On Friday in New York, US District Judge Richard Sullivan ruled to block a shareholder vote at Apple's upcoming annual meeting concerning how preferred stock may be issued. Earlier this month, hedge fund manager and activist investor David Einhorn sued Apple to prevent the vote from being considered without unbundling the vote into its component parts. The proposal would abolish Apple's ability to issue preferred, dividend-paying stock at will, and is bundled with a motion to facilitate majority elections for the company's board of directors and another to add a "par value" to Apple shares. This bundling, Einhorn charges in his lawsuit, violates SEC rules for shareholder proxy proposals.
In response to the judge's ruling, Einhorn's Greenlight Capital issued the following statement:
This is a significant win for all Apple shareholders and for good corporate governance. We are pleased the Court has recognized that Apple's proxy is not compliant with the SEC's rules because it bundles different matters in Proposal 2. We look forward to Apple's evaluation of our iPref idea and we encourage fellow shareholders to urge Apple to unlock the significant value residing on its balance sheet.
Since May 2012, Greenlight has proposed several times that Apple issue preferred stock with a large dividend to return more of the company's accumulated cash to its shareholders. On Thursday, Einhorn took a public conference call to detail his proposal, which he calls "iPrefs." "Here's the product that Apple doesn't yet know it needs," he said. Einhorn proposes that Apple use its current powers to issue preferred stock with a face value of 50 dollars and a 50 cent quarterly dividend in perpetuity. Einhorn says this would return $47 billion of cash to Apple shareholders. The proposal blocked by the judge today would make it much more difficult for Apple to create such a class of stock.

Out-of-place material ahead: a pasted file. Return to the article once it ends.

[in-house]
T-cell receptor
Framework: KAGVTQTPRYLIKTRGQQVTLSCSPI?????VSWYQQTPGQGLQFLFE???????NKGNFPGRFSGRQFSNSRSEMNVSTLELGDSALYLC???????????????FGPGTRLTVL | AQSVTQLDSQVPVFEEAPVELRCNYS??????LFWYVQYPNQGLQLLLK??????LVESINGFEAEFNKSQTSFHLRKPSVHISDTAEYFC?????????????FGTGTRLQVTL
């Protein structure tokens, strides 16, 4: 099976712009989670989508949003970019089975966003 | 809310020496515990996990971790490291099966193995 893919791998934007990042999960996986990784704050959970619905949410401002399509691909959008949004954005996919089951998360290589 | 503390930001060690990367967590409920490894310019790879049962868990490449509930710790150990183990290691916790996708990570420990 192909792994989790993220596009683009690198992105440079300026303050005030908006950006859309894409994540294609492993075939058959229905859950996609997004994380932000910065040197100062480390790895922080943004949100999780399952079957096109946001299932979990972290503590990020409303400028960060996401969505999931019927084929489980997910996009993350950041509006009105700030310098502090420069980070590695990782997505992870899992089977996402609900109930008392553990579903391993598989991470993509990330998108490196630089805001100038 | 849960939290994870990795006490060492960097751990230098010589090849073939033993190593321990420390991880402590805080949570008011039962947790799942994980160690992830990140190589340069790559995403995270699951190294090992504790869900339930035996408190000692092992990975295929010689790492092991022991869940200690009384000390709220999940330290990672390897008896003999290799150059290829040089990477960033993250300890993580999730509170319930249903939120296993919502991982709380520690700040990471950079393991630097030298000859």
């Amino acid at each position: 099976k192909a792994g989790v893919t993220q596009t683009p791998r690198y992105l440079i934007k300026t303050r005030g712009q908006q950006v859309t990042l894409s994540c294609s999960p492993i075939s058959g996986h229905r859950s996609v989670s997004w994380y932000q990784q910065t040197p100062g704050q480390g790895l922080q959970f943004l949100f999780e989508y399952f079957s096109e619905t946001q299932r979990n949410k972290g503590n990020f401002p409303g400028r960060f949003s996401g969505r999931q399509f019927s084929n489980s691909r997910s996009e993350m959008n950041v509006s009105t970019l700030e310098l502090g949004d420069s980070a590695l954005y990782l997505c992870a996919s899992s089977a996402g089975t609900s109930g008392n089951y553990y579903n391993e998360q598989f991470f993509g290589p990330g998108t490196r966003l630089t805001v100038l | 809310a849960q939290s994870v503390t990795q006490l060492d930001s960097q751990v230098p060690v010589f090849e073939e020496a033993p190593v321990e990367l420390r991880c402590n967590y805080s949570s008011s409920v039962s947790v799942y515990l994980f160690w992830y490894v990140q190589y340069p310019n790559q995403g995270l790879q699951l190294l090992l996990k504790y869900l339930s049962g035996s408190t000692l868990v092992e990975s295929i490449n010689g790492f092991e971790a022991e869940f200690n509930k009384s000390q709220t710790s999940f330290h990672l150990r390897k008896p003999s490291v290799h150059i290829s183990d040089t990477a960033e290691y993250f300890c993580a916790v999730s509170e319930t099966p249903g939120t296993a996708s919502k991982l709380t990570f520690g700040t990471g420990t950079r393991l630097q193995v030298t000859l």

Last week, Tim Cook called the lawsuit "a silly sideshow"
The lawsuit and an accompanying public letter by Einhorn urging shareholders to reject Apple's proposal were met with a rare public response by Apple. Apple's response urged shareholders to approve the bundled proposal (called "Proposal 2") but left room for some kind of increased dividend down the line.
Last week, CEO Tim Cook dismissed the lawsuit as "a silly sideshow." Judge Sullivan disagreed, stating on Wednesday that Greenlight's case would likely succeed on its merits. Still, the decision today to grant Greenlight's motion and ordering a stop to the vote is remarkable, since it suggests that Apple moving forward with the vote would cause irreparable harm to the shareholders.
Apple has a few options. It can appeal the judge's decision and seek to have the injunction on the vote lifted. It can present the same issue to the shareholders for a vote, but unbundle the governance elements from the proposal to eliminate "blank check" preferred stock. But this cannot be done before the scheduled shareholder meeting on February 27th.
Greenlight Capital owns 1.3 million shares of Apple. At its current share price of $450, those shares are worth slightly less than $600 million. At its peak price of $702 in October, those same shares were worth more than $900 million. It's that falloff in share price, coupled with the judge's ruling, that could suddenly give Einhorn's proposals real traction with other shareholders.
Update: Apple has pulled Proposal 2 from consideration for the February 27th shareholder meeting and issued this statement:
We are disappointed with the court’s ruling. Proposal #2 is part of our efforts to further enhance corporate governance and serve our shareholders’ best interests. Unfortunately, due to today’s decision, shareholders will not be able to vote on Proposal #2 at our annual meeting next week.